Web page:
This paper presents ten situations that can bring project failure, with the objective of alerting project managers to some key risks that are frequently ignored during project planning and execution. In a humorous manner, I’ll approach the common causes of these problems, not with the purpose of proving that only these 10 situations should command all the project manager’s attention, but to highlight that risk prevention IS the project manager’s greatest responsibility and IS the decisive factor of success. I will, as well, offer suggested courses of action that can be taken by the project manager to face each and every one of these 10 risk situations and in this way keep the project “floating”.

Download the PDF at ASAPM.

October 5, 2009

Here at Journyx, we hold meetings about our customers. Each month, we choose a different customer and invite everyone who has ever interacted with this customer to a meeting. These meetings bring together a range of people, from the salespeople and account managers who speak to the customer regularly and learn of their needs to the implementation and professional services teams who work, sometimes on-site, to meet these needs. Often, employees who rarely have meetings together find themselves here, where their combined presence provides insight into every aspect of the customer experience. Is this customer having a problem? What can we do to solve it? Is that feasible? And solutions are born.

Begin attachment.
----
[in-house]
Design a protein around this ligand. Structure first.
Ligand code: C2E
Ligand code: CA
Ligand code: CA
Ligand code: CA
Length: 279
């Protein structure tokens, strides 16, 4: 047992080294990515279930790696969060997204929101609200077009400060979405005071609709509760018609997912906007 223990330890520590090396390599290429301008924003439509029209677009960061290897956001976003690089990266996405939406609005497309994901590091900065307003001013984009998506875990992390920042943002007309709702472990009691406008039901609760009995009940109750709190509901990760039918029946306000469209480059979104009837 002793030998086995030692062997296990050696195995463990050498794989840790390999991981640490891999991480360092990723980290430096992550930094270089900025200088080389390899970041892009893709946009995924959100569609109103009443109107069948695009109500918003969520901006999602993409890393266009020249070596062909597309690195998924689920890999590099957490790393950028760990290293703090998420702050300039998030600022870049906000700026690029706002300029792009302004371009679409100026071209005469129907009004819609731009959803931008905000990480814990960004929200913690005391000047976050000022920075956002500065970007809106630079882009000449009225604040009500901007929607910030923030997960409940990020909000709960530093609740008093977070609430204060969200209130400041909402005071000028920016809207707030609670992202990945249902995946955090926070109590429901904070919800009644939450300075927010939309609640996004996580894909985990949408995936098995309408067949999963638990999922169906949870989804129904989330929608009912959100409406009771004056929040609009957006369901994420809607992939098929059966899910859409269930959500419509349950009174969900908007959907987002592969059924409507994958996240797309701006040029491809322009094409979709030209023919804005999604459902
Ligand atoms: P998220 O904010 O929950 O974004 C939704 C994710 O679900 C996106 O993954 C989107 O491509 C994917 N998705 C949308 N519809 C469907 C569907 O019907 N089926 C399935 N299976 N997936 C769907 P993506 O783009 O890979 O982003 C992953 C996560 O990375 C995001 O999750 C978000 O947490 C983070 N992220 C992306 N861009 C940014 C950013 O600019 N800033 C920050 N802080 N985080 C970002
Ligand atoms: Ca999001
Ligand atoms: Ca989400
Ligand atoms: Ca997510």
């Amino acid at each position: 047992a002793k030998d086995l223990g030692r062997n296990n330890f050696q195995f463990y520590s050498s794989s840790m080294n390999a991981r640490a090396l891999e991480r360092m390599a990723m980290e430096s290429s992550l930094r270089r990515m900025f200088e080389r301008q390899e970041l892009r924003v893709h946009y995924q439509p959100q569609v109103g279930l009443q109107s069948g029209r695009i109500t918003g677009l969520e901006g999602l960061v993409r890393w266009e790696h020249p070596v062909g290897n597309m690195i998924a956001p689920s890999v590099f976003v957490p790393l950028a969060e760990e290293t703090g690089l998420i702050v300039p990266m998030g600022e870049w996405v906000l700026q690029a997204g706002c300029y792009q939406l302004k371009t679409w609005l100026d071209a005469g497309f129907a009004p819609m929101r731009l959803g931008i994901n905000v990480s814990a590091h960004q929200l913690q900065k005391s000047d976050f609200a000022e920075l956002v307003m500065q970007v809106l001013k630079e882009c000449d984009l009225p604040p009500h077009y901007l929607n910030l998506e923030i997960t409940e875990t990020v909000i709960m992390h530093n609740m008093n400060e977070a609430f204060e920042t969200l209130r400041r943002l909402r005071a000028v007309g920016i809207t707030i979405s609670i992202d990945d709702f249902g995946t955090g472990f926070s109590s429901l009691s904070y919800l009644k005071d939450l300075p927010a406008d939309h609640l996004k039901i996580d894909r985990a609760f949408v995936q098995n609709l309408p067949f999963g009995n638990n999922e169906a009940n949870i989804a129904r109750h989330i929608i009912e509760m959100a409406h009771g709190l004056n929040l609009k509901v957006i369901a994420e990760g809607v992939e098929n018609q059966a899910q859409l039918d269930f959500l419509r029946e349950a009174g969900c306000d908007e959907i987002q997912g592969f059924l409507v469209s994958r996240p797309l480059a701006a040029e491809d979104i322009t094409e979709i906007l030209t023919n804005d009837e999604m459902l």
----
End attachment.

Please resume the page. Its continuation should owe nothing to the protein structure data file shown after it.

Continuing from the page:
It is extremely useful for departments to meet every so often - Marketing, Sales, IT - but familiar faces lead to familiar insights, from which springs complacency and stagnance. Want to shake things up in your organization? Schedule a meeting that brings together people with different backgrounds, skill sets, values and opinions, and then take advantage of this group to address an important company issue. You just might be surprised by the results.

- April Boland, Journyx Communications Coordinator

October 2, 2009

Things are as bad at your company as you’ve ever seen them. You’re doing the work of three managers, yet you know your job could be eliminated tomorrow. What does your gut tell you to do? Bear down. Get deeply involved in your team’s work. Make sure every single member of your team is doing exactly the right thing. Let your bosses see how hard you’re working.

Wrong, wrong, wrong. Now, more than ever, you need to remind yourself of the old leadership koan: The best managers manage least. Remember your team members are also scared, overworked, and flailing. The last thing they need is you, spread too thin, sending them off in random directions.

Read on at BNET.

September 30, 2009